Neo and Aristotle

All the pop philosophers will tell you that The Matrix is an allegory of Platonic Dualism. They are all wrong.

Platonic dualism asserts that the soul and the body are distinct, and that the body is wholly dependent upon a transcendent form imposed upon it, when the soul (an instance of that transcendent form) enters it. But if we take the “real world” Neo was initially ignorant of to be the allegory for the body, and the “matrix world” into which Neo was born (and in which he was initially living out a kind of dream) to be the allegory of the soul, then it is not proper Platonism.

This is because, unlike Platonic dualism, Neo’s mind and body are utterly dependent upon each other. If you kill him in “the matrix”, he dies in “the real world”. If you kill him in “the real world”, he dies in “the matrix”. This would not be true, in strictly Platonic terms. Instead, the story would have played out something like what happened in the movie Lawnmower Man, where the more time you spent in the computer network, the less you needed your physical body, until one day, your body drains of its life force completely, and you are transported in essence into “the matrix”.

Rather, what The Matrix is an allegory for, is Aristotelian Hylomorphism coupled with early Medieval Gnosticism. Aristotle argued that form and matter are reliant upon each other as incomplete parts of a whole, that when combined, give the being a particular nature, and that nature gives it particular potentialities that it is tasked with realizing. In the case of living beings like men, matter and form are body and soul (roughly speaking). Thus, it would indeed be the case that Neo would die whether he was “killed” inside the Matrix, or in the real world. What’s more, Neo cannot “be”, either in the real world or in the matrix world, anything that his essential nature is not. He could not be The Architect, or an elephant, or a telephone. He can only actualize – in the matrix or outside of it – what his essential nature has in potential waiting to be actualized.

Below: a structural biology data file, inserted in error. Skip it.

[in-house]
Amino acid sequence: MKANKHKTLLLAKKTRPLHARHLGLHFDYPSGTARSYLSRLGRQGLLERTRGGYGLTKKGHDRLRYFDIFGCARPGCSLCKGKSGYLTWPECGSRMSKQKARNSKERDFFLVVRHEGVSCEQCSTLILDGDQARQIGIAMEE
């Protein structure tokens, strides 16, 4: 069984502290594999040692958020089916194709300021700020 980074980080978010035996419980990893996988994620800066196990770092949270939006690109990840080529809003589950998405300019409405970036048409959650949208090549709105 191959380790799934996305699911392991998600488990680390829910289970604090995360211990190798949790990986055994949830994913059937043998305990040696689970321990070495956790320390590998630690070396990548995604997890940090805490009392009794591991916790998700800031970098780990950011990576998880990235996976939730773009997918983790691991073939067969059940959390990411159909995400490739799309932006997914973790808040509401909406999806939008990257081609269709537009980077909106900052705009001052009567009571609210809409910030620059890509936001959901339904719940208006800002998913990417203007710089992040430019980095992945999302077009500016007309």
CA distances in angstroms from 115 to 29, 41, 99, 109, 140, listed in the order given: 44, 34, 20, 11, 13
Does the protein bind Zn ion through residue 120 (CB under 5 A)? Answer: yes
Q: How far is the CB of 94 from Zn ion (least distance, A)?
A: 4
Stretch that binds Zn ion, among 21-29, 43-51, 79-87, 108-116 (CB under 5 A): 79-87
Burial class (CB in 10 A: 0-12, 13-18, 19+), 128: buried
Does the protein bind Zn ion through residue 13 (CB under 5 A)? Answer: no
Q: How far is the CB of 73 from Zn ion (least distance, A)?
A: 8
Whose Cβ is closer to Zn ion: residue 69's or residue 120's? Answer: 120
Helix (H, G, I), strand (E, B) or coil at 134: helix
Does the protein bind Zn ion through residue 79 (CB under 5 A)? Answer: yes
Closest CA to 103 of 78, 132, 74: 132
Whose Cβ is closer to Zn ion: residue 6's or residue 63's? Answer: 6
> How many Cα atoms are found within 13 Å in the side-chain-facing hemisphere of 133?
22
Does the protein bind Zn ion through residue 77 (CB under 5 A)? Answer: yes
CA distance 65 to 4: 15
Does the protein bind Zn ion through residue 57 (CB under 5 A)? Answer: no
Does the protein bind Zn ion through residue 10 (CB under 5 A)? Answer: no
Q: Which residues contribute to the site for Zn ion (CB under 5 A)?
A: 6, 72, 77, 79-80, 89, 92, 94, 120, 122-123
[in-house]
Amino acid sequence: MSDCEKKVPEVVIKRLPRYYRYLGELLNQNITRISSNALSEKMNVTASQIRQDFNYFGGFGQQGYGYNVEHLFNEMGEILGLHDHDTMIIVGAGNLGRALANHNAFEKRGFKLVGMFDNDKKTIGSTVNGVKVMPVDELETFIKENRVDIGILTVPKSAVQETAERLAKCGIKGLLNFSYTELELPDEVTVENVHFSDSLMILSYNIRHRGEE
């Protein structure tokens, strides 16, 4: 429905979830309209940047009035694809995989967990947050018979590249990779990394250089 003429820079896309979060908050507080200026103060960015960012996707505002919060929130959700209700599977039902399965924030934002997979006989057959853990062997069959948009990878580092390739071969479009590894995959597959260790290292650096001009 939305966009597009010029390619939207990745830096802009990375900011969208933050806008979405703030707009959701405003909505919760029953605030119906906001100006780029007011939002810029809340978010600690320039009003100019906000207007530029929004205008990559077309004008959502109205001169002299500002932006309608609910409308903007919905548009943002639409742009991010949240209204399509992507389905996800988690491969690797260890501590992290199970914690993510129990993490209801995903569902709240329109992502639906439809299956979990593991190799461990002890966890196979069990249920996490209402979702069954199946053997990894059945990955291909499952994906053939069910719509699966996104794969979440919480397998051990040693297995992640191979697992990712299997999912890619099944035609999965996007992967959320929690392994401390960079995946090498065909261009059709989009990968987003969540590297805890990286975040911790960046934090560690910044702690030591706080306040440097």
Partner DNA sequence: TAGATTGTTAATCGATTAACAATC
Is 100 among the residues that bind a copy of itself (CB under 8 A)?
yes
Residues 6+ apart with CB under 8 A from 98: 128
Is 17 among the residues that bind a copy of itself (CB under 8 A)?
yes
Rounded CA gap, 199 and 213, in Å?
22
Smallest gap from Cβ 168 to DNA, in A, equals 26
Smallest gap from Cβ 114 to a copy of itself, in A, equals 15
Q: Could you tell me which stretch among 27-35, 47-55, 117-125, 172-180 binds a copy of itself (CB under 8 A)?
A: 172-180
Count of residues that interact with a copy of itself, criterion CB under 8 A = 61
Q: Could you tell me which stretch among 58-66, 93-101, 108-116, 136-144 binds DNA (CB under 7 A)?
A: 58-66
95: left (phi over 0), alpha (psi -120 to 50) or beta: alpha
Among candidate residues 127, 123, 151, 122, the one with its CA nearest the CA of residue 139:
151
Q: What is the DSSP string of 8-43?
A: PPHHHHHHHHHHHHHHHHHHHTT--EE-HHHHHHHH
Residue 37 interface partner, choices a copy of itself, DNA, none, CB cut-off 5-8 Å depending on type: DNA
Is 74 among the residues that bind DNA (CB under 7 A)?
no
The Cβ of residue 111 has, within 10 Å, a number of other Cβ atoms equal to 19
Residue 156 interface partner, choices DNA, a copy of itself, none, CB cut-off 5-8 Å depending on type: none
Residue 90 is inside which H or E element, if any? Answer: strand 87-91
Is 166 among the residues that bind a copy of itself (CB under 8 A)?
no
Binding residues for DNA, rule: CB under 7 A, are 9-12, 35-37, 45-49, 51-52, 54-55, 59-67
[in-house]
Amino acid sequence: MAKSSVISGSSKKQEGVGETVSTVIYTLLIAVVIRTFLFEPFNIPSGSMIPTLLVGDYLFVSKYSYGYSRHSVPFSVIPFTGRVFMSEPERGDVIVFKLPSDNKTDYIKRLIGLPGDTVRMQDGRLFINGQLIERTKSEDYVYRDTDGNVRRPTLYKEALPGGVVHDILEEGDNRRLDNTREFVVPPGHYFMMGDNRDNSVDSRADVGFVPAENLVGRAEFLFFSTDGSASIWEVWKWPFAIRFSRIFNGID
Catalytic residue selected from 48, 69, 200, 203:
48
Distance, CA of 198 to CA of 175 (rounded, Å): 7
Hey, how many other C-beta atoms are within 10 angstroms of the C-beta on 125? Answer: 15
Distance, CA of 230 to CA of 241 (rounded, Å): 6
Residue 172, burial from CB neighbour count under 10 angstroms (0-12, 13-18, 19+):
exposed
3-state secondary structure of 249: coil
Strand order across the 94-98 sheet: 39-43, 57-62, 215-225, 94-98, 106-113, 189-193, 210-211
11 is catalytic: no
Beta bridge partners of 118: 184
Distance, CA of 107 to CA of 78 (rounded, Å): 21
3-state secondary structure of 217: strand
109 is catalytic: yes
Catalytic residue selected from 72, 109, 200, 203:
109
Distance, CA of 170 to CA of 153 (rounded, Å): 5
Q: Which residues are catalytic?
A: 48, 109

The story then takes us a step further, because Neo has been given special powers in the “matrix” realm that he does not have in the “real world”. But, he cannot realize those powers fully until he has properly completed a process of mystic gnosis, whereby he gains access to secrets that remain hidden to almost everyone else “asleep” in the matrix. He must be confronted by a mentor who prepares him, and then make a journey to an oracle, who presents him with a puzzle. These things are Platonic in their narrative, but Gnostic in their purpose. They are part of a mystic initiation ritual that facilitates the final stage of Neo’s actualization of his Aristotelian potential.

There is much more to say about the Gnosticism, but that will have to wait. Just notice, for now, that everyone in the Matrix has the same potential as Neo. This is because everyone in the Matrix is essentially the same as Neo: an instance of a hylomorphic union producing a being of a particular nature, who is destroyed (in whole and in its parts) when the union between the two parts (mind and matter) is severed.